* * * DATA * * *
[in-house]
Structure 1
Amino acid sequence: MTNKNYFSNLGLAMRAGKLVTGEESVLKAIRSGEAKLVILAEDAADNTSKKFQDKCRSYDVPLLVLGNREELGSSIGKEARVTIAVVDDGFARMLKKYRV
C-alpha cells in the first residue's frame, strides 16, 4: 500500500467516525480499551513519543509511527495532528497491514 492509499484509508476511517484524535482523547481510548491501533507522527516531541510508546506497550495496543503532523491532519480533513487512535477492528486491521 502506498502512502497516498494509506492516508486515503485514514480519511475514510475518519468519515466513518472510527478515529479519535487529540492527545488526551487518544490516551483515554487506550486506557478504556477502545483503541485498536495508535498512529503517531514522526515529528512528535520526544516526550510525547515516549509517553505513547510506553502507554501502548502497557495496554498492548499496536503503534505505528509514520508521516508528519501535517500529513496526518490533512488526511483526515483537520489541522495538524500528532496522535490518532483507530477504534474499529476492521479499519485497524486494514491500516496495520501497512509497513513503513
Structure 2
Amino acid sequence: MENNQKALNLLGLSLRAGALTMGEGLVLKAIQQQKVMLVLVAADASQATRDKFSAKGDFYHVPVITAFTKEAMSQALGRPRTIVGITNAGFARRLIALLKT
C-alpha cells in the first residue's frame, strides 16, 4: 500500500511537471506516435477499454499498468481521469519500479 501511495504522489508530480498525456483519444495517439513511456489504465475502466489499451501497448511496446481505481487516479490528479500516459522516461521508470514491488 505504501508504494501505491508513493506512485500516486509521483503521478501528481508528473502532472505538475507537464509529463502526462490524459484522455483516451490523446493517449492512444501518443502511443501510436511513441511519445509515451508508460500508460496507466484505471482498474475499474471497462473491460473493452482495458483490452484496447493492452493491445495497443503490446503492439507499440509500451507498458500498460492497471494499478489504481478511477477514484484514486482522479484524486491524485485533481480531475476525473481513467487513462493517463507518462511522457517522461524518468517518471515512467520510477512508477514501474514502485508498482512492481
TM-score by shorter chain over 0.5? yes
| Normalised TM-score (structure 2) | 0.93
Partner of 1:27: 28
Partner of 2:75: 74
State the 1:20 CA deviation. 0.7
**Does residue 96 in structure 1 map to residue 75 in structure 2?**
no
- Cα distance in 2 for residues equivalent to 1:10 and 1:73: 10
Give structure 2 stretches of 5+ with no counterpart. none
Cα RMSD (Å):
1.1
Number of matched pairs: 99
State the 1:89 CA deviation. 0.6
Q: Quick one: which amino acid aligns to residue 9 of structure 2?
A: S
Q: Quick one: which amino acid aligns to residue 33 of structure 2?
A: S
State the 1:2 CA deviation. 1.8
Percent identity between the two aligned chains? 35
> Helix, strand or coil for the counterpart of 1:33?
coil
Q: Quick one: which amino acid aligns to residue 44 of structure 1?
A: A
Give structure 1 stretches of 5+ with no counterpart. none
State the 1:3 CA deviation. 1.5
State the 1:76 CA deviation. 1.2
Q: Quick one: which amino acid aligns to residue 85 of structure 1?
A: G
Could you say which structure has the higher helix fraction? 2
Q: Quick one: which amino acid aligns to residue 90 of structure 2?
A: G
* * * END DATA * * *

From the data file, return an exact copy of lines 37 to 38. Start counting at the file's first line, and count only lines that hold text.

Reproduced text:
Q: Quick one: which amino acid aligns to residue 90 of structure 2?
A: G